As an IT professional, you probably spend hours at a computer each day. This entails a great deal of anonymity: troubleshooting networks, working with remote servers or collaborating with invisible peers in a virtual world. After all, going online typically means going unseen.
But if you were to view the faces of your anonymous virtual peers, you would notice that most of them are, in fact, male. That’s because while women increasingly use technology in everyday life and even have outpaced men in many spaces online, they’re not making their way into IT careers.
In a 2007 Burst Media report, women said the Internet has become vital in organizing and planning their daily lives. Recent research by Solutions Research Group also found women are in control of most consumer electronics purchases, and more than ever are using online resources for both entertainment and to stay connected with others via blogging and social networking sites.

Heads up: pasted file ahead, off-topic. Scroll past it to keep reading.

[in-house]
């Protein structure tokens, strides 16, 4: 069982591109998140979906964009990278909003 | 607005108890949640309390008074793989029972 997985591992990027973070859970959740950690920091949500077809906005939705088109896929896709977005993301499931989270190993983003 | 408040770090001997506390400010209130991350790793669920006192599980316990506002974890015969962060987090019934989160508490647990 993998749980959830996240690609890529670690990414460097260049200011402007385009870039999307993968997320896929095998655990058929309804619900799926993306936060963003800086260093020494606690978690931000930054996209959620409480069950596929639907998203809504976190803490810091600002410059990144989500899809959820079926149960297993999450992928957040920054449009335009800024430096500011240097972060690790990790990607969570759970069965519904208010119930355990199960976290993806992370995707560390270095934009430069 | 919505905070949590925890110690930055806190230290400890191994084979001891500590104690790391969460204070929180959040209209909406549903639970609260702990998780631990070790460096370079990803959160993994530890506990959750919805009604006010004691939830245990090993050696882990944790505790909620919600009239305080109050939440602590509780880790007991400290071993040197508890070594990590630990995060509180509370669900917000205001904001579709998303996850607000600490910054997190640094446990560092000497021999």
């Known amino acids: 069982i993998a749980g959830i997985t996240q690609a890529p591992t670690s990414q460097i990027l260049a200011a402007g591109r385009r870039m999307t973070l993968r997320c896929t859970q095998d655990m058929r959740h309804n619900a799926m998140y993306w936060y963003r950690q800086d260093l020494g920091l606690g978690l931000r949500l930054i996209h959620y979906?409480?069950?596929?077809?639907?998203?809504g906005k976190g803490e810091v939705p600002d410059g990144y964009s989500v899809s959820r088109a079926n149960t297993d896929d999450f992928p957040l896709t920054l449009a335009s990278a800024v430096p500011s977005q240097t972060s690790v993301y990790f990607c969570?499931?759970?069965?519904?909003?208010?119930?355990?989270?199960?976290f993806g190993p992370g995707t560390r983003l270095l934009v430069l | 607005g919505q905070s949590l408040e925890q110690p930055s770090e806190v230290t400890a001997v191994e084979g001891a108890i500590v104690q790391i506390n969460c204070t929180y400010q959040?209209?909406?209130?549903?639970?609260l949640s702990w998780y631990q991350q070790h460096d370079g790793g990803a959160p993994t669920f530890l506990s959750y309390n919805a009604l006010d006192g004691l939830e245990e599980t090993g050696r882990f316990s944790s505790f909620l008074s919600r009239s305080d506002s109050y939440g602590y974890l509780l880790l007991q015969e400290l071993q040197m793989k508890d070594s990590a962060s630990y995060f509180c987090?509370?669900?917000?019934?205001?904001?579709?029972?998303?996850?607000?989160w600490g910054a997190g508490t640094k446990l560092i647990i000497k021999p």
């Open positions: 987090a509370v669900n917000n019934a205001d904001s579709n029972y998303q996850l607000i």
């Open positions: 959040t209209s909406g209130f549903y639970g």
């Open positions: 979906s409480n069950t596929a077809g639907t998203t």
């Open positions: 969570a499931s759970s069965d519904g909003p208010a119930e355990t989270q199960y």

Despite this adoption of technology and the Internet in their personal lives, however, women are ill-represented in the IT workplace. While females fill 56 percent of the professional positions in the U.S. workforce, they account for only 27 percent of all IT employees, according the “NCWIT Scorecard 2007” report by the National Center for Women and Information Technology (NCWIT), an organization dedicated to increasing female participation in the IT industry.
“Women are obviously using technology, and [they] purchase more technology devices — laptop computers,…
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